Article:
A vital step to take when things get hard.

“Being a friend to yourself is no mere metaphor or purely sentimental idea. It is the basis of all relationship, because it is a fundamental recognition of soul.” Thomas Moore

Would you take better care of yourself
Would you be kinder to yourself
Would you be more forgiving of your Human imperfections if you realized your
Best friend was yourself
Who is always with you everywhere
Who is on your side when others are unfair
And tell me who will never let you down in
Any situation
Who will always see you get your share And that’s why I am a best friend to myself
And I take me out whenever I feel low
And I make my life as happy as a best
Friend would
I’m as nice to me as anyone I know

(lyrics to Best Friend by Helen Reddy)

Sooner or late in life you will hear someone say you cannot be a friend to others until you are a friend to yourself.

Or you need to be a friend to yourself.

That is true. But how do you do it?

Do you act like a friend to yourself?

When you make mistakes are you compassionate or judgemental with yourself?

One of the biggest barriers to good mental health in the aftermath of childhood trauma is learning to like yourself.

When your abuser has spent your childhood putting you down. Telling you that you are useless, or unloveable, or a disaster, or always wrong, difficult, trying … you name it, it has been said. When that has happened you tend to not have a high opinion of yourself.

Do you remember as a child trying to be good? Really good. Because you were always told you were bad. So this day you were going to be good so your Mum and Dad did not have to get angry with you.

And you worked really hard to do all the rights things. You did what you were asked without pause. You spoke politely when spoken to. You kept alert. You asked if there were things you could do.

Your measure of success was not being abused.

You worked hard, but you failed.

Your father or mother or both abused you and you were crushed because you were such a bad person.

Small wonder you feel like a bad person when someone is rude or aggressive towards you.

As a child you were not aware that you were not being bad. It was your abusers who were bad.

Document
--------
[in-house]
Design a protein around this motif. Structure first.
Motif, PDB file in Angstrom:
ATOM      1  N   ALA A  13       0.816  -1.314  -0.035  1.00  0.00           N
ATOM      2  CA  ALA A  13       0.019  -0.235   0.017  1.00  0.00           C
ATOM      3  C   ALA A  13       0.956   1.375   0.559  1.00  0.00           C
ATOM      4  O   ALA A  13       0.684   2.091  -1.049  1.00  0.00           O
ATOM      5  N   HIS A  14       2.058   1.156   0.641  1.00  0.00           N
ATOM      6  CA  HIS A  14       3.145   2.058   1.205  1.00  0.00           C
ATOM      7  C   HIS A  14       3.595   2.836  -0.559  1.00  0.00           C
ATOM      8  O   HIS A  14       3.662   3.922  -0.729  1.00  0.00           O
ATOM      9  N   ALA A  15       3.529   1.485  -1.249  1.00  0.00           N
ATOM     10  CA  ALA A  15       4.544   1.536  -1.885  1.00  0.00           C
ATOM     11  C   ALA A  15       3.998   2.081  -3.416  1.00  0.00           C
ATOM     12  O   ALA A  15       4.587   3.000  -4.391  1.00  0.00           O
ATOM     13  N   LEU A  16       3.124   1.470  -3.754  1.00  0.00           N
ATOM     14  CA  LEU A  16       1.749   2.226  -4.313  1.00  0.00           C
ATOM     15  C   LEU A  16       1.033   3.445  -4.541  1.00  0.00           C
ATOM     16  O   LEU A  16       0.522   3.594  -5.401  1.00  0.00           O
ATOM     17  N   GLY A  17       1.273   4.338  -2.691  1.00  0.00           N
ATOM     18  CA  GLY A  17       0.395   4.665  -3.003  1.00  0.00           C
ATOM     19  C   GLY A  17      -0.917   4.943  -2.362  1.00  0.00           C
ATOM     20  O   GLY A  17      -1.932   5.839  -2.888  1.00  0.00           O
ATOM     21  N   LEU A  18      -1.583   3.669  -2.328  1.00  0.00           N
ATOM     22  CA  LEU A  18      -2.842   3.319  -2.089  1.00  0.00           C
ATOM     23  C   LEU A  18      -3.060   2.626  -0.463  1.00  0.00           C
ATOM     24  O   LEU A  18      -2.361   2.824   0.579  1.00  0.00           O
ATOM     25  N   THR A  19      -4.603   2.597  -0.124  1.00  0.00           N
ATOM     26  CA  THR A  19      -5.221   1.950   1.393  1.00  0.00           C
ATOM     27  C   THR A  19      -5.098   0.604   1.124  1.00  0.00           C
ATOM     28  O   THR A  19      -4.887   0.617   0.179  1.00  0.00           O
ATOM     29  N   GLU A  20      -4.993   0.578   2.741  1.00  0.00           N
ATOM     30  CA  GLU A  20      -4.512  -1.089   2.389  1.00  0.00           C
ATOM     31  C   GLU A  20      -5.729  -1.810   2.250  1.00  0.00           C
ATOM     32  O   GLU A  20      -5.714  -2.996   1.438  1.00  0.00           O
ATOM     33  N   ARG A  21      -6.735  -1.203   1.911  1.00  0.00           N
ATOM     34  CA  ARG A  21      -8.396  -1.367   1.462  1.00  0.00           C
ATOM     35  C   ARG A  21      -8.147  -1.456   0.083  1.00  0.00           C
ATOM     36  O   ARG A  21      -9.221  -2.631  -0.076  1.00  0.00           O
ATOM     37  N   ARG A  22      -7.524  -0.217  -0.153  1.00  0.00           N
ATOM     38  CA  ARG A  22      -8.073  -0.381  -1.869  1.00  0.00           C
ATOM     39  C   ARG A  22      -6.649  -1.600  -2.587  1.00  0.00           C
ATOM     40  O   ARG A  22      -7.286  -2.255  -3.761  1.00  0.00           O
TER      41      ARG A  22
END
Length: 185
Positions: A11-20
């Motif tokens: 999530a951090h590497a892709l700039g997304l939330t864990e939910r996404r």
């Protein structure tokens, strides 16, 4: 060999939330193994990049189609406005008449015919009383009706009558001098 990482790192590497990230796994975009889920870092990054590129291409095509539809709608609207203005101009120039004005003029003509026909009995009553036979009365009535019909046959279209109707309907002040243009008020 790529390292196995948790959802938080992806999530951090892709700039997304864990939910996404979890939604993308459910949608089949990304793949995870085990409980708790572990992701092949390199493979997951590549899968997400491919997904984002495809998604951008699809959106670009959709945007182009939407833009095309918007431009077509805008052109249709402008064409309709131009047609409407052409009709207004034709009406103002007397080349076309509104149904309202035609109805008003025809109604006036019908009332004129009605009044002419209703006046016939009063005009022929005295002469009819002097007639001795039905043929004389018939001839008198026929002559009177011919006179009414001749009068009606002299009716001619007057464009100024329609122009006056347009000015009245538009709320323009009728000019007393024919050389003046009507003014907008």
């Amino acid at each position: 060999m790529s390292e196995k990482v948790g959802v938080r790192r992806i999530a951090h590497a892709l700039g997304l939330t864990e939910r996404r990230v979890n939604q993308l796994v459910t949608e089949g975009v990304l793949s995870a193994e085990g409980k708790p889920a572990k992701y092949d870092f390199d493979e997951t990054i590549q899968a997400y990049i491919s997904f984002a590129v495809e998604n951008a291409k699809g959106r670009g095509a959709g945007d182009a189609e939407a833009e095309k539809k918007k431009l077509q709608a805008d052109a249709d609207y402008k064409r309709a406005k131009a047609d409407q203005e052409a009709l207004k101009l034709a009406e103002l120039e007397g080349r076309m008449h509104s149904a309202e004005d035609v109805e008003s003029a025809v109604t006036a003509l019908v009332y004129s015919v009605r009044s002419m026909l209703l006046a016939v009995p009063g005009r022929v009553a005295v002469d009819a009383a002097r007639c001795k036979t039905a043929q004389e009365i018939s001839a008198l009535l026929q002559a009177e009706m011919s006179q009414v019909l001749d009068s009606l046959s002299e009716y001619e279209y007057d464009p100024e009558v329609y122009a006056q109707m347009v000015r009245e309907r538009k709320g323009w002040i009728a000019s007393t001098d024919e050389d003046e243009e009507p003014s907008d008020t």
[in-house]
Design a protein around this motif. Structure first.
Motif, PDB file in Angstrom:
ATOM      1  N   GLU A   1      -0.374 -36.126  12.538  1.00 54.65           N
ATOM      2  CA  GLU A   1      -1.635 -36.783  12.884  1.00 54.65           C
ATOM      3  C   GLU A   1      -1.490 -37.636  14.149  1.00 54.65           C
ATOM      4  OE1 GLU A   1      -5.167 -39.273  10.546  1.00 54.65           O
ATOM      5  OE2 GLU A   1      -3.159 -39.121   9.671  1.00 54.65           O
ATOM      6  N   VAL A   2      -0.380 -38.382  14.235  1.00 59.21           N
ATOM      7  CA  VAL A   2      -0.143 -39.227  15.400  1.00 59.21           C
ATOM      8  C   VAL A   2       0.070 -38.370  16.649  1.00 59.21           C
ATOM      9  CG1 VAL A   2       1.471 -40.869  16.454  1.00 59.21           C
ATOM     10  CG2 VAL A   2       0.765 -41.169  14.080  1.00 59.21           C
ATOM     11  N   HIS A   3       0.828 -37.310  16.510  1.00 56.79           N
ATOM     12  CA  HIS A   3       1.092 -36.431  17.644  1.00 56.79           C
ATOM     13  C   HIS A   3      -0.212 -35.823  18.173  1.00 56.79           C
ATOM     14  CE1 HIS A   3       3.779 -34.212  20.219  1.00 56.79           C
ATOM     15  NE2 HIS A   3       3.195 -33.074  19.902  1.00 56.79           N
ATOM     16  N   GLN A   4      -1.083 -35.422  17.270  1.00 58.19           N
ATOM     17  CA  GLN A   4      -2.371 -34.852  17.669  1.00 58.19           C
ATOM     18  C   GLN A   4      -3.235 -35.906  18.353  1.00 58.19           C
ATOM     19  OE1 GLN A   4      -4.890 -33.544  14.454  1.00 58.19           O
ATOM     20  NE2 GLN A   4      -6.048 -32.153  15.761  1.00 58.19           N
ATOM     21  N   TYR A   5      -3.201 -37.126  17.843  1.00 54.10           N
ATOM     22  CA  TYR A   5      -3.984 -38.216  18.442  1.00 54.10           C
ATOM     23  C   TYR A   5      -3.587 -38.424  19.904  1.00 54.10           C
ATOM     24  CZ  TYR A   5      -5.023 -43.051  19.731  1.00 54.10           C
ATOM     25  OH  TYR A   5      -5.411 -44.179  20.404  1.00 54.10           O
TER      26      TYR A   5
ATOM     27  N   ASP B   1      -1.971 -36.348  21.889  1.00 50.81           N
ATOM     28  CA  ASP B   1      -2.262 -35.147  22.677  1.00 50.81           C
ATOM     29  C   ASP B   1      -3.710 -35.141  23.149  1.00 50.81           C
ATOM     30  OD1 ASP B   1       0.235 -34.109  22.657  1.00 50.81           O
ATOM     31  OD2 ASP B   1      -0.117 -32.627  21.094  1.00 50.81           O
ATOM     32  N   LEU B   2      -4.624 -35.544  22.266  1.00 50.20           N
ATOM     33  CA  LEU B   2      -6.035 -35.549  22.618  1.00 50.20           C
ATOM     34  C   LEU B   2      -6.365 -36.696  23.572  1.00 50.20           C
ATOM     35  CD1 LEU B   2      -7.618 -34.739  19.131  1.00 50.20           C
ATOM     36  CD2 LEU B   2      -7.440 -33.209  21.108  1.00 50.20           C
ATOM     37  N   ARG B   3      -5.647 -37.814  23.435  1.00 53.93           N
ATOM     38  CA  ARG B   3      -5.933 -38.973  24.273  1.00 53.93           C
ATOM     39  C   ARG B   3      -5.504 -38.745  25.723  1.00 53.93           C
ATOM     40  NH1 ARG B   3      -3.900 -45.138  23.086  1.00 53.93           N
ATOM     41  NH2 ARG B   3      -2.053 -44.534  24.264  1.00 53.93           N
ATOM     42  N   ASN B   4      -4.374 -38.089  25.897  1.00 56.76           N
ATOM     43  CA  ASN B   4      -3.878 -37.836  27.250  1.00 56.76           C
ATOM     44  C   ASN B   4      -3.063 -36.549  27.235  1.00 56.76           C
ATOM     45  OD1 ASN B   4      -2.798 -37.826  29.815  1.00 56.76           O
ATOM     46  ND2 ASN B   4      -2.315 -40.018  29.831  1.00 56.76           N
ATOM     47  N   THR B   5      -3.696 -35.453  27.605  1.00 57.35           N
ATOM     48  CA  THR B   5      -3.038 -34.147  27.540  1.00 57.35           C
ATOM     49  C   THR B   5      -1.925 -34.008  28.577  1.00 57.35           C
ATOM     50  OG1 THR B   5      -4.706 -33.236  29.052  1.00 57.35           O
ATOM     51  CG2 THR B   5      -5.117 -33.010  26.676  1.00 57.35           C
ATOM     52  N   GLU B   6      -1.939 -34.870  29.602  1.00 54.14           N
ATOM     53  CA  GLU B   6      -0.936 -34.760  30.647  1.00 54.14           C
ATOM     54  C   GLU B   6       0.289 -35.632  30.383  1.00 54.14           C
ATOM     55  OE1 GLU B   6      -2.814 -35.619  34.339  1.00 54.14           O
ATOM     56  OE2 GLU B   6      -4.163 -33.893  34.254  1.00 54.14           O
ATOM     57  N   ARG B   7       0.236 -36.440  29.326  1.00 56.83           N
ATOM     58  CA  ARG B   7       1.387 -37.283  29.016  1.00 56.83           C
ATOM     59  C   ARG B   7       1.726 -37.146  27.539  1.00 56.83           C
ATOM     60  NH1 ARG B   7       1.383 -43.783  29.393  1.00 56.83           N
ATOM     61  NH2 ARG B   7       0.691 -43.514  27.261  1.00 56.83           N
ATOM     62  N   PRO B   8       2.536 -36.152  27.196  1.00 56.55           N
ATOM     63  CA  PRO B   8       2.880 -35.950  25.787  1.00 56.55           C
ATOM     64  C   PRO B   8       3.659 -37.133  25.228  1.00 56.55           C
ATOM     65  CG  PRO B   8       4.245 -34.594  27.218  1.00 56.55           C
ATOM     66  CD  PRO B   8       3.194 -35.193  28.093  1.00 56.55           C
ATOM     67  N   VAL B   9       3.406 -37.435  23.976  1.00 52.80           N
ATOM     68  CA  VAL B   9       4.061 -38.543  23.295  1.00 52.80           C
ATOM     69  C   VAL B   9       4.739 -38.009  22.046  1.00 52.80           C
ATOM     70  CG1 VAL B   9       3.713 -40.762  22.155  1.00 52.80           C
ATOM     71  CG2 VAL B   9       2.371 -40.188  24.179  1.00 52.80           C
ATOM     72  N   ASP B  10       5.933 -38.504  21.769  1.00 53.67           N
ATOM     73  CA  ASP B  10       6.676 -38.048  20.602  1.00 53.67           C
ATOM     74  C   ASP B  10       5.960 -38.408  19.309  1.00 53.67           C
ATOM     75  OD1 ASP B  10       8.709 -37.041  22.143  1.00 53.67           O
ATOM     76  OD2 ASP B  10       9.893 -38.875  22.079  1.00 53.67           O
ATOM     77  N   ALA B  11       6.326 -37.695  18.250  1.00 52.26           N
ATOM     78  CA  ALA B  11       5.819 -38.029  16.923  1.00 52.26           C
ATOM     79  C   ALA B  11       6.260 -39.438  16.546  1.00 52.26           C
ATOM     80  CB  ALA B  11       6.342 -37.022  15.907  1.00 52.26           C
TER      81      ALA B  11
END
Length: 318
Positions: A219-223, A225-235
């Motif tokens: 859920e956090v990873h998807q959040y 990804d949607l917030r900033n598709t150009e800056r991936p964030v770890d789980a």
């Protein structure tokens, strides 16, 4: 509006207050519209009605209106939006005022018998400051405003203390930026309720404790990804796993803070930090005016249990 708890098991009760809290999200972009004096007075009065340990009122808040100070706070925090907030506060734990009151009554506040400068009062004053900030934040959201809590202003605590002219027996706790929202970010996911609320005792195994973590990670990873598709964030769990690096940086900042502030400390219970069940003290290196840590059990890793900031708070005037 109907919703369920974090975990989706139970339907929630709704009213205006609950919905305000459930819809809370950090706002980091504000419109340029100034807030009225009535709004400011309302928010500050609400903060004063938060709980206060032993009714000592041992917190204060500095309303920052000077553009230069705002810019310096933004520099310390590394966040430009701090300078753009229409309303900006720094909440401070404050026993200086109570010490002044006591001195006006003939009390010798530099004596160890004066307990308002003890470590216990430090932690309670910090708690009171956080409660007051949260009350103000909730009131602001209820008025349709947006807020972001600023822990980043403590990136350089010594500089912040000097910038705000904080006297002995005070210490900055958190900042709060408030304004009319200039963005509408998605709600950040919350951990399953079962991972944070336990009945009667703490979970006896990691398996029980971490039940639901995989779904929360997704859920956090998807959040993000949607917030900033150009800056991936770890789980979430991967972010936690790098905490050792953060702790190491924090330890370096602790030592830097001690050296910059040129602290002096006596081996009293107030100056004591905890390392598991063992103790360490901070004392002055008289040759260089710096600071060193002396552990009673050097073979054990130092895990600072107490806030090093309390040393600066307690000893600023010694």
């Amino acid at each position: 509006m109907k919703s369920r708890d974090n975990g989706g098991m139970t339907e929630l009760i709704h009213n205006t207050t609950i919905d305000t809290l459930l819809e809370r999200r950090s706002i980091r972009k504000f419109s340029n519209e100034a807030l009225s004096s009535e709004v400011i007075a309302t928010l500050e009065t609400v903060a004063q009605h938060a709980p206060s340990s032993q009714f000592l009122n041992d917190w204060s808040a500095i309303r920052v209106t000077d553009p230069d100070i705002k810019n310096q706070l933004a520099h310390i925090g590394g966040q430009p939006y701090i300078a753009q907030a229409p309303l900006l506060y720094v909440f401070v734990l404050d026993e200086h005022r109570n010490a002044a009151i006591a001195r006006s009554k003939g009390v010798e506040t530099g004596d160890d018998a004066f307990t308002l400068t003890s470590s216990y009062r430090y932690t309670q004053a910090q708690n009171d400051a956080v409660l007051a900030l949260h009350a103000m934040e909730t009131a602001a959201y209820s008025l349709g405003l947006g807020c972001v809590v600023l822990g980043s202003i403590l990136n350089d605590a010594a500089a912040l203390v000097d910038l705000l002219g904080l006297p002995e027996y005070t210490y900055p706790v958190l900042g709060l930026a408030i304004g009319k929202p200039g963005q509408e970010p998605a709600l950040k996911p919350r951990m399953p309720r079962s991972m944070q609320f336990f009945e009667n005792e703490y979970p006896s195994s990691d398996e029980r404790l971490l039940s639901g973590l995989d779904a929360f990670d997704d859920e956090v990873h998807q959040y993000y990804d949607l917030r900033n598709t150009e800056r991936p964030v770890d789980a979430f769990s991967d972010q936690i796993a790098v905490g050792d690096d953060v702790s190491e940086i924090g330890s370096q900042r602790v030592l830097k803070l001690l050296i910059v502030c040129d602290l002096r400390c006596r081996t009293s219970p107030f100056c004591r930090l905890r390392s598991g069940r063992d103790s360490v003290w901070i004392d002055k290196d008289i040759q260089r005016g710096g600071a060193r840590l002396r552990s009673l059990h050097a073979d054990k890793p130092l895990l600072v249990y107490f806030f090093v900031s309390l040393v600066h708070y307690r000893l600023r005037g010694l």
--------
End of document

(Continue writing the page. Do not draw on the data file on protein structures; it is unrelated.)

As an adult, you have taken that belief so tightly into yourself that you aren’t even aware that you always judge yourself harshly when people are rude or aggressive towards you.

You also wonder why you feel so crushed and bad.

It is time for self compassion and awareness.

Maybe you can remember a time you tried to be good. Maybe you have forgotten such a time. Maybe you can remember feeling you were a bad person and maybe you can’t.

The important thing is to acknowledge the hurt and pain.

Place your hands on your heart and take a releasing breath in and out. Let all the hurt and pain flow out with your breath. Breathe in cleansing and breathe out the hurt and pain.

When you are ready, carefully examine what your inner voice is telling you about the hurt and pain you are currently feeling.

Are there any statements that come up for you? These can be clues to the underlying emotions and beliefs.

Comfort yourself, just as you would comfort a child.

Send love and warmth through your hands into your heart.

Talk to that hurt part.

“It’s okay darling. I am here. I love you. I am here to protect you. You are safe with me.” And so on.

Allow that part to feel the love and compassion of a friend.

Always remember, you are kind to your friends, so be kind to yourself.

Being your best friend. Treating yourself with compassion and love is vital.

Do this instead of judging and berating yourself.

Making mistakes is human. It is okay to sometimes get things wrong.

Being treated unfairly by others is unfair, and it doesn’t make you are bad person. It is actually the other person who is being bad. So give yourself some slack. Give yourself comfort and love and compassion.

If you would like to talk to me about how I can help you with healing from the hurts of today or of your past, please contact me on 0409396608 or nan@plentifullifecounselling.com.au

If you would like to learn more, I write a regular newsletter with interesting information, tips, information on courses, and the occasional freebie. At the moment I have a free mindfulness meditation for anyone who signs up to my newsletter. This meditation offers a way to safely explore your feelings and learn to be okay with them. If you would like to subscribe please click on the link here: http://eepurl.com/g8Jpiz

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